Nevertheless, Javert chases after him because he believes he is still a threat, because of his evil nature. Afterwards, Jean Valjean made it his life’s purpose to raise Cosette and give all his money to the poor, to better their circumstances. When Thenardier intended to kill Jean Valjean, Javert came not to stop a crime in process but to get Jean Valjean. Javert even pursued Jean Valjean after he had spared Javert’s life at the barricade. Even after the innumerable good, selfless deeds that Valjean performed Javert pursued him because he thought Valjean was still and would always be evil, because a man’s soul cannot change, is predestined to good or evil, love or violence. Javert shows he is a rationalist because he is blind to the fact that Valjean has reformed, because it is impossible for a man to do so.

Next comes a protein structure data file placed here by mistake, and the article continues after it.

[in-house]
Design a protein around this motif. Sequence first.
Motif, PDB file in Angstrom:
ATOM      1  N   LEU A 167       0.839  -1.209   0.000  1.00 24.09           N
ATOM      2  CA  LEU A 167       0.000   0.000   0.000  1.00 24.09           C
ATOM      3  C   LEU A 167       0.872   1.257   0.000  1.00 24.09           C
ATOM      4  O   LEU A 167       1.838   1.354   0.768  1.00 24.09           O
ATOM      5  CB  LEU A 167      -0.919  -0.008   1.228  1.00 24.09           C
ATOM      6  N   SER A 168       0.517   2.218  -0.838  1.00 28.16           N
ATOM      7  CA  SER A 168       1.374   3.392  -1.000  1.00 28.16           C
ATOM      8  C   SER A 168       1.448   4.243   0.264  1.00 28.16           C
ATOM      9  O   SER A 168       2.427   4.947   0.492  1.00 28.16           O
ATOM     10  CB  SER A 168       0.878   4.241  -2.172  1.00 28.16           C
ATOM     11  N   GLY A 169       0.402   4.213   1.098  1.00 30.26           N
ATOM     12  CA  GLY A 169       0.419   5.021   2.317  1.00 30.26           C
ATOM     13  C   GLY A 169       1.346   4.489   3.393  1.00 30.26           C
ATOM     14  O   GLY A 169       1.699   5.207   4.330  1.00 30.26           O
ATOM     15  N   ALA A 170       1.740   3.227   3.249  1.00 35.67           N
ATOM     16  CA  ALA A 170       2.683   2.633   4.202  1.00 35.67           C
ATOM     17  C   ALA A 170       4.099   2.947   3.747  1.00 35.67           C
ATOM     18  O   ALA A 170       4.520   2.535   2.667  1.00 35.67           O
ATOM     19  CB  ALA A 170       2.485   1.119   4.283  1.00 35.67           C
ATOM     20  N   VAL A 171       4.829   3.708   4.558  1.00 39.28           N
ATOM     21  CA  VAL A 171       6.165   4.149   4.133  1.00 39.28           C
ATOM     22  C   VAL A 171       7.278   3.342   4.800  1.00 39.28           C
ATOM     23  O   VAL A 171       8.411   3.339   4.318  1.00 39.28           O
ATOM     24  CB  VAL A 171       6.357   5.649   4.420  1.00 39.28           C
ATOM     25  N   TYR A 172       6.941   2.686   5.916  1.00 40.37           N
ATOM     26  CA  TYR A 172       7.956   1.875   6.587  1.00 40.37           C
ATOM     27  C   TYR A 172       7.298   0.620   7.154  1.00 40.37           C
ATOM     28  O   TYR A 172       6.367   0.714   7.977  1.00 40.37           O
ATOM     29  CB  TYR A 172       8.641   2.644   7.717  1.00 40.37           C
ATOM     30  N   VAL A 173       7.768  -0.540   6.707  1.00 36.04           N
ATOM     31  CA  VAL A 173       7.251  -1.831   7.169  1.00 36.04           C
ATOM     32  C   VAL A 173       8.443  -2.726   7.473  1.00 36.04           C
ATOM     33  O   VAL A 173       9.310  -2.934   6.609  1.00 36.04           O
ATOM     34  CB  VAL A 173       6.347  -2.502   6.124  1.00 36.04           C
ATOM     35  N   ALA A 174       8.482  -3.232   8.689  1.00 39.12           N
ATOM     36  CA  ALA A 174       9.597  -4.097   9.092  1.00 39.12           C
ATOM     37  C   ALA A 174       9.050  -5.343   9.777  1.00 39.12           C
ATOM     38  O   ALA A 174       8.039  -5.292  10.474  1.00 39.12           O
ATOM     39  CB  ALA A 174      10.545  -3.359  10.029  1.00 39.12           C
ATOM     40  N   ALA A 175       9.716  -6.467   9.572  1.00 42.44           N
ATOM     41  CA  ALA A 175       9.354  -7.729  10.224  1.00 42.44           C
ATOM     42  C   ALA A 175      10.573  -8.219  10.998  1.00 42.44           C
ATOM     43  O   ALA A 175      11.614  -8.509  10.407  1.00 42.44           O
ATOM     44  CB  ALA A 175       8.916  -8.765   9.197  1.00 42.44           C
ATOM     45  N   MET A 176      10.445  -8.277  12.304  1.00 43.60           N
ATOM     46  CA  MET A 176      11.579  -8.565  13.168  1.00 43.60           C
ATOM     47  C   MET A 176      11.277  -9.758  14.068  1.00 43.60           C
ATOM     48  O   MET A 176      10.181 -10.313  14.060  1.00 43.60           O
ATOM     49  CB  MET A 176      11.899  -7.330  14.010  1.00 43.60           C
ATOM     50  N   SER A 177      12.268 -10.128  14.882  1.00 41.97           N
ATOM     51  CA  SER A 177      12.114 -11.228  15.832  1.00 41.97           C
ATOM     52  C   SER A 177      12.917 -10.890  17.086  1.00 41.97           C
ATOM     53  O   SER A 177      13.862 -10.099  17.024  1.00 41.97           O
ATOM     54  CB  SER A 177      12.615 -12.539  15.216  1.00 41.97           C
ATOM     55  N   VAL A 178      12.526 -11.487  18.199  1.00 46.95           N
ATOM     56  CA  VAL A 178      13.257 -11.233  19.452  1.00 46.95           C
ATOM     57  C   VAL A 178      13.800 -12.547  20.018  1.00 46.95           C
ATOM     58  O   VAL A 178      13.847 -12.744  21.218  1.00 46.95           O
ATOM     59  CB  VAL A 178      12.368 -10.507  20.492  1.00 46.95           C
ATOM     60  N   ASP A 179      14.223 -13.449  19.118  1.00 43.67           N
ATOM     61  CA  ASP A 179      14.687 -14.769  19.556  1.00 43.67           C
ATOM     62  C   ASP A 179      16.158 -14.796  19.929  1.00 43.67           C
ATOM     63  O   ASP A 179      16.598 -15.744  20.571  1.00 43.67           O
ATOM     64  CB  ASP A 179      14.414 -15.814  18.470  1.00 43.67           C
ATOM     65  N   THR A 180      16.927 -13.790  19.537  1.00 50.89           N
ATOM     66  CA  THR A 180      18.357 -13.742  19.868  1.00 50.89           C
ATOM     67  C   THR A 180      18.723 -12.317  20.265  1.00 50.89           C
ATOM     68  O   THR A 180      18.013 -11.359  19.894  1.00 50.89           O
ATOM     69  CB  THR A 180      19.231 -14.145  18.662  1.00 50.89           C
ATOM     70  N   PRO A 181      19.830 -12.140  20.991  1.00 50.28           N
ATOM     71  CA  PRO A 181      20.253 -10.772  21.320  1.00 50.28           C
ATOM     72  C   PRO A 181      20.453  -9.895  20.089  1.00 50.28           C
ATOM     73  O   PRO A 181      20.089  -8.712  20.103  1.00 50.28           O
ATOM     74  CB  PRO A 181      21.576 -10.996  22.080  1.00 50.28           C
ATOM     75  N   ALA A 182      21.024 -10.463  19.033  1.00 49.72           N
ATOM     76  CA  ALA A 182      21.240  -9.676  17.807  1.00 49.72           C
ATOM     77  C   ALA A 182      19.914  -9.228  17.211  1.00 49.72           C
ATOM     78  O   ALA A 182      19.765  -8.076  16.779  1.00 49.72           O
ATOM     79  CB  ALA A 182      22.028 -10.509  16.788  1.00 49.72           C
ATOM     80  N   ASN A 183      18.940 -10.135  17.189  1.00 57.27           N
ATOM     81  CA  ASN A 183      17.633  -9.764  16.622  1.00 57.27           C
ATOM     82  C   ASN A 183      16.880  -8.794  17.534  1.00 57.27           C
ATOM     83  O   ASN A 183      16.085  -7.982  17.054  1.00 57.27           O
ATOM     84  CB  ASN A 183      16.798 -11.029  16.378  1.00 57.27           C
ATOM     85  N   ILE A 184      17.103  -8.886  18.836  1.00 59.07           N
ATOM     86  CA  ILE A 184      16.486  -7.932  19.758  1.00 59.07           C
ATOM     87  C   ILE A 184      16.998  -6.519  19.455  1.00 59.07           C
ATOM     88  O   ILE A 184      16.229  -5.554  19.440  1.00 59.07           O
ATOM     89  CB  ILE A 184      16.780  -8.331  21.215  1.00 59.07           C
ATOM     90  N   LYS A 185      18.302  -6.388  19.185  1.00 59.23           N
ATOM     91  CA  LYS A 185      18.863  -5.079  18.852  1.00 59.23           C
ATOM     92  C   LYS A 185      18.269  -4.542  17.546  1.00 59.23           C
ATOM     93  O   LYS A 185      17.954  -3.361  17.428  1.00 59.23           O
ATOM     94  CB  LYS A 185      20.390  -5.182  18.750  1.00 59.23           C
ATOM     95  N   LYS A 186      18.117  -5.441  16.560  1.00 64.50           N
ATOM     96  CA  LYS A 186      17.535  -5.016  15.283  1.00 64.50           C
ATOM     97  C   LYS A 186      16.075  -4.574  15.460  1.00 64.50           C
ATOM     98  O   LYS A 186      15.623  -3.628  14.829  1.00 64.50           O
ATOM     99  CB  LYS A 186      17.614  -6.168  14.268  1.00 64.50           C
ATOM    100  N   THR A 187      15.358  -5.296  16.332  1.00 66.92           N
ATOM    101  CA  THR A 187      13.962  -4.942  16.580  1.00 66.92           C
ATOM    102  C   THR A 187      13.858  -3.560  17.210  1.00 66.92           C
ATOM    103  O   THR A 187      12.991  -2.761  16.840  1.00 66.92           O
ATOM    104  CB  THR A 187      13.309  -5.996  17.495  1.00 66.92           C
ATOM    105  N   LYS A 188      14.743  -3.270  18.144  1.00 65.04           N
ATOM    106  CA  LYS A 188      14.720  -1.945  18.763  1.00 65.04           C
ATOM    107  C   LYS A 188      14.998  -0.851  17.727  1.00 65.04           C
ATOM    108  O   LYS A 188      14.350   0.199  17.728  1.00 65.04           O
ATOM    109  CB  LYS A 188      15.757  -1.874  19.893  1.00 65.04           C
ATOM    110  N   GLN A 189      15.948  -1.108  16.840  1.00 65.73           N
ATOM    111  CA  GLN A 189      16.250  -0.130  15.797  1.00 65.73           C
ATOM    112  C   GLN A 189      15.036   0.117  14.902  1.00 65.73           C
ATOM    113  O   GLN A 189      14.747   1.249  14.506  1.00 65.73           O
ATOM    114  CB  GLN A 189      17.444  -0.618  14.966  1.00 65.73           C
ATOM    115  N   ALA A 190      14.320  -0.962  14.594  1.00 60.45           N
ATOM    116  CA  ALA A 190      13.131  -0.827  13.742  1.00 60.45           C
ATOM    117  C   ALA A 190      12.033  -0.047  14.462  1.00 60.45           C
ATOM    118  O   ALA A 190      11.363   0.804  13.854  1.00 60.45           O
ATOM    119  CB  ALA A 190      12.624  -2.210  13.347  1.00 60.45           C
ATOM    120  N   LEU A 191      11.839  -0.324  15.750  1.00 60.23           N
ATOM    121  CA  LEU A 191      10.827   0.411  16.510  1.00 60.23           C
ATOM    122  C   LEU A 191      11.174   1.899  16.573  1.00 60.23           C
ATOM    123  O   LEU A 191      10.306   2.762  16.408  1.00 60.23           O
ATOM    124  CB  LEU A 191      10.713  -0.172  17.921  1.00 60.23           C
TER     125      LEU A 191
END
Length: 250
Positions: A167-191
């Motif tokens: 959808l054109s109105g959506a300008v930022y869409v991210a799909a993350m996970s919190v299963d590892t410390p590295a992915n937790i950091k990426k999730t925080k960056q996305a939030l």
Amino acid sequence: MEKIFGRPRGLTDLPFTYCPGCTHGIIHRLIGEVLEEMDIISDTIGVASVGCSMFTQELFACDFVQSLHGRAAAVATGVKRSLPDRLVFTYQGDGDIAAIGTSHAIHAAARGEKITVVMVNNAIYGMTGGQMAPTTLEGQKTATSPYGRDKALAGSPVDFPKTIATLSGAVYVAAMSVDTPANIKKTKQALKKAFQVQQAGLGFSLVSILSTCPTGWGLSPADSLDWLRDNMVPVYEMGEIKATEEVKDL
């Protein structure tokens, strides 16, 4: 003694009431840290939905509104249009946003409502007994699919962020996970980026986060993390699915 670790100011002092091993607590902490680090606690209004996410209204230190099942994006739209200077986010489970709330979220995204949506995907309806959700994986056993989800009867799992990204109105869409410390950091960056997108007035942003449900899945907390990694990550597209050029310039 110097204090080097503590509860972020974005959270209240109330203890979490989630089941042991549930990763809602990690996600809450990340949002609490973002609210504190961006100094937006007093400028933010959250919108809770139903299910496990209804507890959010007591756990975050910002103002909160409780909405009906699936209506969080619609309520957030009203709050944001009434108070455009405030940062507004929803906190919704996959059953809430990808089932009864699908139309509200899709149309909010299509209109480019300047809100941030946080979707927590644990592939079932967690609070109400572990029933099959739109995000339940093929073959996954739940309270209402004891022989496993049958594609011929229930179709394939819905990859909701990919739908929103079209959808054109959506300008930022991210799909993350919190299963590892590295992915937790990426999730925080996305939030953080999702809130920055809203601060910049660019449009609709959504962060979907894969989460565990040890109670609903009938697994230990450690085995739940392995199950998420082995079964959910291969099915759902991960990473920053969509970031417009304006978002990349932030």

Javert shows he is a rationalist because he believes the law is infallible with all his soul. When saved by Valjean, Javert is confronted with a moral dilemma. He knew that he had to bring back Valjean or else he was in violation of his duty, and that if he were to let Valjean be free he would be equally as evil. Hugo describes this predicament “Javert felt that something horrible was penetrating his soul, admiration for a convict” (336). Javert felt that he was becoming evil because he empathized with a purely evil man. As he empathized with Valjean, “all the axioms which had been the supports of his whole life crumbled away” (336). Javert was infected by a terrible disease, compassion. Compassion blinded his objectivity and was rendered an unworthy judge, now he was merely a wretch of a man, with a soul as black as Jean Valjean’s.